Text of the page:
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Schwinn world sport rear drop ou not milled all the way ?

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Schwinn world sport rear drop ou not milled all the way ?

Old 05-23-19, 06:50 PM
  #1  
srinath.the.man
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Schwinn world sport rear drop ou not milled all the way ?

Is this strange, or pretty much normal -




Basically the drop out isn't slotted all the way across on the drive side.
Thanks.
Srinath.
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Old 05-23-19, 07:38 PM
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Originally Posted by srinath.the.man View Post
Is this strange, or pretty much normal -




Basically the drop out isn't slotted all the way across on the drive side.
Thanks.
Srinath.
Looks normal to me. It's got the integrated derailleur dropout instead of one that bolts into the slot; so the slot doesn't need to be open as far back.
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Old 05-23-19, 07:41 PM
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Originally Posted by srinath.the.man View Post
Is this strange, or pretty much normal -




Basically the drop out isn't slotted all the way across on the drive side.
Thanks.
Srinath.
There's a version of this that has the rear portion milled out but leaving a center rib. When there is a skewer you cannot see a thing and it is frustrating trying to get the wheels back.... and then realizing you cannot
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Old 05-23-19, 09:33 PM
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That's a little weird, especially considering that the NDS dropout is milled all the way back.
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Old 05-23-19, 11:04 PM
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Perhaps the provision is for when a derailleur isn't specified. In that case the slot is needed for chain tensioning, whereas here it isn't.
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Old 05-24-19, 04:39 AM
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Originally Posted by Litespud View Post
That's a little weird, especially considering that the NDS dropout is milled all the way back.
I thought the same thing at first but on the NDS, you can see where the quick release has worn into the paint a bit. Likely there was a spacer in there.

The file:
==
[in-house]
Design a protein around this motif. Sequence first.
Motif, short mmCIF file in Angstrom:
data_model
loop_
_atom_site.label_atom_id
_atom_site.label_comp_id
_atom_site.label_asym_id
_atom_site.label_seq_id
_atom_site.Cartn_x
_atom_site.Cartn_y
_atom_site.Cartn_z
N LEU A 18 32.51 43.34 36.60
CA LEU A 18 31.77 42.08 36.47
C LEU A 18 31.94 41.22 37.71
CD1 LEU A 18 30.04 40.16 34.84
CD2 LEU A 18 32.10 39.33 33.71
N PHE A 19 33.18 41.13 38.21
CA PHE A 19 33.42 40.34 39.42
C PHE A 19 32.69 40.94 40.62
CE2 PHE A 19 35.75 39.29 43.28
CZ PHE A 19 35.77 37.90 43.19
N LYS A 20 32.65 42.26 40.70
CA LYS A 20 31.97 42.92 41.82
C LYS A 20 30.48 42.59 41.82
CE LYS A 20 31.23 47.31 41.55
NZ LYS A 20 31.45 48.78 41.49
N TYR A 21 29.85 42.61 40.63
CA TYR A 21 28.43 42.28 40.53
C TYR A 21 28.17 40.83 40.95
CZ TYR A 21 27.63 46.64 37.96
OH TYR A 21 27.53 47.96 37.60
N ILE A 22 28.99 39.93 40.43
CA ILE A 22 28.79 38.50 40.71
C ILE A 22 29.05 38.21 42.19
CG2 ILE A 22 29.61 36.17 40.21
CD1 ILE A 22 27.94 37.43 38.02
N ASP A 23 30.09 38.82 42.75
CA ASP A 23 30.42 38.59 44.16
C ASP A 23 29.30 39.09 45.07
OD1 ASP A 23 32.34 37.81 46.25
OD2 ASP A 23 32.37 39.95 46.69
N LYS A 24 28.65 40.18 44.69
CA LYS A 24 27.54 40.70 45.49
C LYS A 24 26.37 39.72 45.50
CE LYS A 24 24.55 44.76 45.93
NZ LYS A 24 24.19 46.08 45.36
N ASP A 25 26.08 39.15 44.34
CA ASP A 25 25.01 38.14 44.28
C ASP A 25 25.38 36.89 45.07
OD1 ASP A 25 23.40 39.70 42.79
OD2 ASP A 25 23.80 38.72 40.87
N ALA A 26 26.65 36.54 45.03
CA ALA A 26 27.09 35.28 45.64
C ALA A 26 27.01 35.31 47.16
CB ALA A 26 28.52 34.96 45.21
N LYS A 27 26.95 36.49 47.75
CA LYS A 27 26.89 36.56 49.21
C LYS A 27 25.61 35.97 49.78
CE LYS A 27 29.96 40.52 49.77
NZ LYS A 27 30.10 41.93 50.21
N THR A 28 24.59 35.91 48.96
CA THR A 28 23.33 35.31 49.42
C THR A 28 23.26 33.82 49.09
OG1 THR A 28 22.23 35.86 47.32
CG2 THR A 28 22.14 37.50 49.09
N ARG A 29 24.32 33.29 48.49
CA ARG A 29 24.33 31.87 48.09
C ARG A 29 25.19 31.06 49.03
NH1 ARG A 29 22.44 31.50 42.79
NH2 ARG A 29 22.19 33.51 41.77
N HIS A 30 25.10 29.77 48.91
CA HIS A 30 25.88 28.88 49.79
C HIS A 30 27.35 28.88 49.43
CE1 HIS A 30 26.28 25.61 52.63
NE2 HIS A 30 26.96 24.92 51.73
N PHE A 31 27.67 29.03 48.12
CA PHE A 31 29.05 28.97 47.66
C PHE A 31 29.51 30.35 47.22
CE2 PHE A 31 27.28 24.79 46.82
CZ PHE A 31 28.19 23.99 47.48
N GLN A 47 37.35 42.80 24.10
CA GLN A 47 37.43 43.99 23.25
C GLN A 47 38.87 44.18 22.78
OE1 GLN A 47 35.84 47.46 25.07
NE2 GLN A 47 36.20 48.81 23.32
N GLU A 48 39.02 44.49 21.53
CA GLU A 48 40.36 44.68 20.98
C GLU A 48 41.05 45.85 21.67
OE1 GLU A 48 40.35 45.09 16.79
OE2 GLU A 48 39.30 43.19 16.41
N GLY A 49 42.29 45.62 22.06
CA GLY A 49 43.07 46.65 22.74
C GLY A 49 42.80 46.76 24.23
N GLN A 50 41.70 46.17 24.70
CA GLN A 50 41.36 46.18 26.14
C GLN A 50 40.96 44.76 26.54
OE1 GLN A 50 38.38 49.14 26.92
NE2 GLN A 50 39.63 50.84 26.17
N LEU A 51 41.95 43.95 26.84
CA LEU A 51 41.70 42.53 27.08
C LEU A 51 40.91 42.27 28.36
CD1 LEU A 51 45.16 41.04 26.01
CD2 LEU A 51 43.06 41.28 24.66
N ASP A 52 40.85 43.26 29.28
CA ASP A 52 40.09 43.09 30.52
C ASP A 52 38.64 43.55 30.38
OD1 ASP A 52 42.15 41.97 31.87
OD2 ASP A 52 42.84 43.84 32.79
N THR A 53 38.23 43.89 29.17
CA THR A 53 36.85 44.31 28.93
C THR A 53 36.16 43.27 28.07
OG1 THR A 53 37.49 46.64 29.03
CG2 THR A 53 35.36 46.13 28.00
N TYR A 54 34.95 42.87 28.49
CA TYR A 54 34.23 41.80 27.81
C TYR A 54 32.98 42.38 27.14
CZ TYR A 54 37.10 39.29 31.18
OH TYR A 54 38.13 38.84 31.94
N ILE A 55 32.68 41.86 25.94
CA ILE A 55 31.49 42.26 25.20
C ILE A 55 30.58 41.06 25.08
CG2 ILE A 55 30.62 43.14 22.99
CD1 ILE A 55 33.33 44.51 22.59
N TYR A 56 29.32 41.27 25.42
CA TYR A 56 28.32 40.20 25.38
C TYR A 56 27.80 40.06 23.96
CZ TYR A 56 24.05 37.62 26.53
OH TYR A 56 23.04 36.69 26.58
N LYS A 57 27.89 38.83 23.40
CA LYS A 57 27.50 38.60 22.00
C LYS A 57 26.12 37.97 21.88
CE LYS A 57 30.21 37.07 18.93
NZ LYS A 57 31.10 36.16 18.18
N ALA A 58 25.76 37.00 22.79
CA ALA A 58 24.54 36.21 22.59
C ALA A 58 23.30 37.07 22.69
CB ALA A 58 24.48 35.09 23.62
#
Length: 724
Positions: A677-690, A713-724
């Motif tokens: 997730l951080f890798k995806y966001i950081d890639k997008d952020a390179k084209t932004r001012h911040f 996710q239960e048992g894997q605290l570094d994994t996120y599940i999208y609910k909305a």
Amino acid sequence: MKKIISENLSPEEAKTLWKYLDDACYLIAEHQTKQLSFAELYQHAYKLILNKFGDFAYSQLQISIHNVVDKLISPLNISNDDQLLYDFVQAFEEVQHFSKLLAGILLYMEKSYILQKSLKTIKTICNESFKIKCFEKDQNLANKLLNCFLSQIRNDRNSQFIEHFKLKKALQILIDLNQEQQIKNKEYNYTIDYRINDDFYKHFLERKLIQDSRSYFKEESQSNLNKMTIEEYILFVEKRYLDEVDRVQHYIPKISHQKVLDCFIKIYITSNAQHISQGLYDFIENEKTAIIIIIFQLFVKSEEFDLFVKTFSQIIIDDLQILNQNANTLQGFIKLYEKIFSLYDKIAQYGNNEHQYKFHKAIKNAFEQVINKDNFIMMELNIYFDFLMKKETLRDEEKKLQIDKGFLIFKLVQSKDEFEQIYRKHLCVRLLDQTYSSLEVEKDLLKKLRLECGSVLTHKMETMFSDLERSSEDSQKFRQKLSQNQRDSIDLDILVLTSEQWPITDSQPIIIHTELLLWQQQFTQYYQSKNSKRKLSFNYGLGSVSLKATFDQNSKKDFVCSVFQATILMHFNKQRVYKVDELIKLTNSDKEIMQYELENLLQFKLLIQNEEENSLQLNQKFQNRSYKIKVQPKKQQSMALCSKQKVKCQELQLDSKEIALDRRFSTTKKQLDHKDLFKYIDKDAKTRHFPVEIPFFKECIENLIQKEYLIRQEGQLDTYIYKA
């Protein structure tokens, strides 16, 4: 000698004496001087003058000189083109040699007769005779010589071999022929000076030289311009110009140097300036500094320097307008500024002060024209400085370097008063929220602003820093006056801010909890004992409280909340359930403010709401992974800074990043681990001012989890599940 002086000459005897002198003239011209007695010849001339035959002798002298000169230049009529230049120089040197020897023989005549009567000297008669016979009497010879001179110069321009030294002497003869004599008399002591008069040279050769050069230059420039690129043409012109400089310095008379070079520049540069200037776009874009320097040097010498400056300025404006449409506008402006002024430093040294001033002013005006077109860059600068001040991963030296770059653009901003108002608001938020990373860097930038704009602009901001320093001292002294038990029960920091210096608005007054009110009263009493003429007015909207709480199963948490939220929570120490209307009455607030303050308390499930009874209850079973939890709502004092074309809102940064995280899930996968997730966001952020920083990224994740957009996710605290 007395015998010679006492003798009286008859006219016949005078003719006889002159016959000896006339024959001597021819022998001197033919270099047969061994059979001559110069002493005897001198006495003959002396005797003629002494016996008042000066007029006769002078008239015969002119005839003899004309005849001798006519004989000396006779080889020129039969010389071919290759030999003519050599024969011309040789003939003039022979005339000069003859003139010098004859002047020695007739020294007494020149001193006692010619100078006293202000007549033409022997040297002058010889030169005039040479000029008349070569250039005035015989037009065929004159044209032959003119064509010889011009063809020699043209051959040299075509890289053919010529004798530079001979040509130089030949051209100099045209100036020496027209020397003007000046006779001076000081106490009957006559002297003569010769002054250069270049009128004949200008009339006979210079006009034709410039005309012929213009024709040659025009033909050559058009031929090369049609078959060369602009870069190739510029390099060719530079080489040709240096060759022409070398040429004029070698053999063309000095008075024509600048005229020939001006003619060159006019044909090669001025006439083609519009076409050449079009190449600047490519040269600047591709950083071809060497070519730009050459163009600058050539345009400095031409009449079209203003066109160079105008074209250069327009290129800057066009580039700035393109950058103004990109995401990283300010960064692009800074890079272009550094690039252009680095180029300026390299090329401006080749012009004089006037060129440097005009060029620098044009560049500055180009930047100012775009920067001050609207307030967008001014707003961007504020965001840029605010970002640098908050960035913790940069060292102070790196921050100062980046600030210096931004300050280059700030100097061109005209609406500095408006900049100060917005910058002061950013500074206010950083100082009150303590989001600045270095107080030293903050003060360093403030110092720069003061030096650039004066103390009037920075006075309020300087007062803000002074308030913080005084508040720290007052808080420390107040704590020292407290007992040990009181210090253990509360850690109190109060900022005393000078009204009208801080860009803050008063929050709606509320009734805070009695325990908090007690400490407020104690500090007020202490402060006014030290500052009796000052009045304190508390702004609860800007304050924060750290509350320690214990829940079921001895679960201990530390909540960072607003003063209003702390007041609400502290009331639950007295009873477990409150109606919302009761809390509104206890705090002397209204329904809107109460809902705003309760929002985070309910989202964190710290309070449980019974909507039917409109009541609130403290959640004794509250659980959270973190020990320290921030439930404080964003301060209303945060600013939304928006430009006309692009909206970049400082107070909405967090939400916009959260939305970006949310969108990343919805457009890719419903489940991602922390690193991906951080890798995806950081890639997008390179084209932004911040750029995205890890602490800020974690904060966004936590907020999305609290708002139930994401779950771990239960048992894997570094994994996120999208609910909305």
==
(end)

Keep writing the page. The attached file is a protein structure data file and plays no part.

I'd like to see a picture of the other side of the bike.
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Old 05-24-19, 05:02 AM
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Not a mistake.

If I remember rightly, that dropout design was introduced to ensure that the sprockets would be optimally positioned for the then-new indexing derailleurs. The NDS end was milled to enable centering of the wheel. That dropout design preceded the common use of vertical dropouts.

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Old 05-24-19, 06:28 AM
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Originally Posted by Trakhak View Post
Not a mistake.

If I remember rightly, that dropout design was introduced to ensure that the sprockets would be optimally positioned for the then-new indexing derailleurs. The NDS end was milled to enable centering of the wheel. That dropout design preceded the common use of vertical dropouts.
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Old 05-24-19, 06:44 AM
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srinath.the.man
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Ok, I am not fixie'ing this bike then. Cos its all intact and might as well keep it as a unit and sell it as such.
Thanks.
Srinath.
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Old 05-24-19, 08:07 PM
  #10  
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Originally Posted by Trakhak View Post
Not a mistake.

If I remember rightly, that dropout design was introduced to ensure that the sprockets would be optimally positioned for the then-new indexing derailleurs. The NDS end was milled to enable centering of the wheel. That dropout design preceded the common use of vertical dropouts.
That makes sense.
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Old 05-27-19, 07:49 AM
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This is so the axle is properly position wrt. the derailleur, but the longer slot on the NDS allows adjustment if the frame is not perfectly aligned.

Many less expensive bikes with horizontal dropouts use a 'claw' type rear derailleur, and the claw acts as a spacer exactly the same way as this short dropout.
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Old 05-28-19, 07:29 AM
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I love this forum. Someone posts a extremely esoteric question about a thirty year old, low-priced bike and someone else knows the answer.
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